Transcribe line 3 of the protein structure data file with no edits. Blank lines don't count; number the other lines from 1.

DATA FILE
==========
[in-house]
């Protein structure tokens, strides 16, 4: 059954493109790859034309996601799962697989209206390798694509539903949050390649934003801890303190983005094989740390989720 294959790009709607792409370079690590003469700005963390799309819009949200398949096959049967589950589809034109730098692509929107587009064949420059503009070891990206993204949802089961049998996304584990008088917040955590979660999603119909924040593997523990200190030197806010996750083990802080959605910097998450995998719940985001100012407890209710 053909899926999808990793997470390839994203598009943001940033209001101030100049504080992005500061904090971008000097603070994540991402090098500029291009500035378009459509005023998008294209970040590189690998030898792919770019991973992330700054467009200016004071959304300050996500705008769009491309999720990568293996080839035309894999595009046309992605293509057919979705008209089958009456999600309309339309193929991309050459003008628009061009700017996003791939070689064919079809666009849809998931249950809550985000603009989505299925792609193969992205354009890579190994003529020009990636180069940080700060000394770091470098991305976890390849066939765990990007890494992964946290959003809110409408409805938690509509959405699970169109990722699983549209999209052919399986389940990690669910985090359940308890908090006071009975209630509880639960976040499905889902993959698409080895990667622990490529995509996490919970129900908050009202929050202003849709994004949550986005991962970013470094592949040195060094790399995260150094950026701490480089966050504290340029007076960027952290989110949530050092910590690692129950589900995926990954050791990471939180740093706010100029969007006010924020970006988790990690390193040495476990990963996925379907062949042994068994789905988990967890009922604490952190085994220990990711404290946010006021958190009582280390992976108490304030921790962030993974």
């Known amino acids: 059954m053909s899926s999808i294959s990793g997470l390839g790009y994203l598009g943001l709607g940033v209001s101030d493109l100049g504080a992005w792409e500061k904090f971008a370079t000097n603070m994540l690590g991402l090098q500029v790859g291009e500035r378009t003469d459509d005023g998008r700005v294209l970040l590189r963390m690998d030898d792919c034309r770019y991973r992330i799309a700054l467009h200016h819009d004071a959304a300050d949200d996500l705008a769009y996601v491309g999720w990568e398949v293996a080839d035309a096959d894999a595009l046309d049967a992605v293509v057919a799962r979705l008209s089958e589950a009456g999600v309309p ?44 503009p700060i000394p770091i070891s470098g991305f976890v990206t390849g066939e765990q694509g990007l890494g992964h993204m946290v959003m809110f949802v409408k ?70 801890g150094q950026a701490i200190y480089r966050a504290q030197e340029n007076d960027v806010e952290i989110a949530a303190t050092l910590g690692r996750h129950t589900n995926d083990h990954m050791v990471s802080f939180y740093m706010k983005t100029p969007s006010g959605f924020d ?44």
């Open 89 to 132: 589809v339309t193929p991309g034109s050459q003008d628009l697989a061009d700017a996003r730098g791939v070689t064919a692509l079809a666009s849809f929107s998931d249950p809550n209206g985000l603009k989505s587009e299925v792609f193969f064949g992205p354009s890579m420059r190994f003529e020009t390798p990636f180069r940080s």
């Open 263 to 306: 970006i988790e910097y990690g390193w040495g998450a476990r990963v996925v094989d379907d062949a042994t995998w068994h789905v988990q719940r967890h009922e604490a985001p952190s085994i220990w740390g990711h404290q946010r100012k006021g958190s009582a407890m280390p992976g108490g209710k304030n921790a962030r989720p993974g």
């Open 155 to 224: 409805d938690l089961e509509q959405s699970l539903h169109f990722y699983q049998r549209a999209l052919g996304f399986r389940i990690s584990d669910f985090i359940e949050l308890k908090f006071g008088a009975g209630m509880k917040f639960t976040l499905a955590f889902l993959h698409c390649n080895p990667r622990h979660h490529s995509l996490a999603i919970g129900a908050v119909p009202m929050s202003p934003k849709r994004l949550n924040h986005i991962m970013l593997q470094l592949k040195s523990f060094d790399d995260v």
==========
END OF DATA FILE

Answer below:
């Known amino acids: 059954m053909s899926s999808i294959s990793g997470l390839g790009y994203l598009g943001l709607g940033v209001s101030d493109l100049g504080a992005w792409e500061k904090f971008a370079t000097n603070m994540l690590g991402l090098q500029v790859g291009e500035r378009t003469d459509d005023g998008r700005v294209l970040l590189r963390m690998d030898d792919c034309r770019y991973r992330i799309a700054l467009h200016h819009d004071a959304a300050d949200d996500l705008a769009y996601v491309g999720w990568e398949v293996a080839d035309a096959d894999a595009l046309d049967a992605v293509v057919a799962r979705l008209s089958e589950a009456g999600v309309p ?44 503009p700060i000394p770091i070891s470098g991305f976890v990206t390849g066939e765990q694509g990007l890494g992964h993204m946290v959003m809110f949802v409408k ?70 801890g150094q950026a701490i200190y480089r966050a504290q030197e340029n007076d960027v806010e952290i989110a949530a303190t050092l910590g690692r996750h129950t589900n995926d083990h990954m050791v990471s802080f939180y740093m706010k983005t100029p969007s006010g959605f924020d ?44």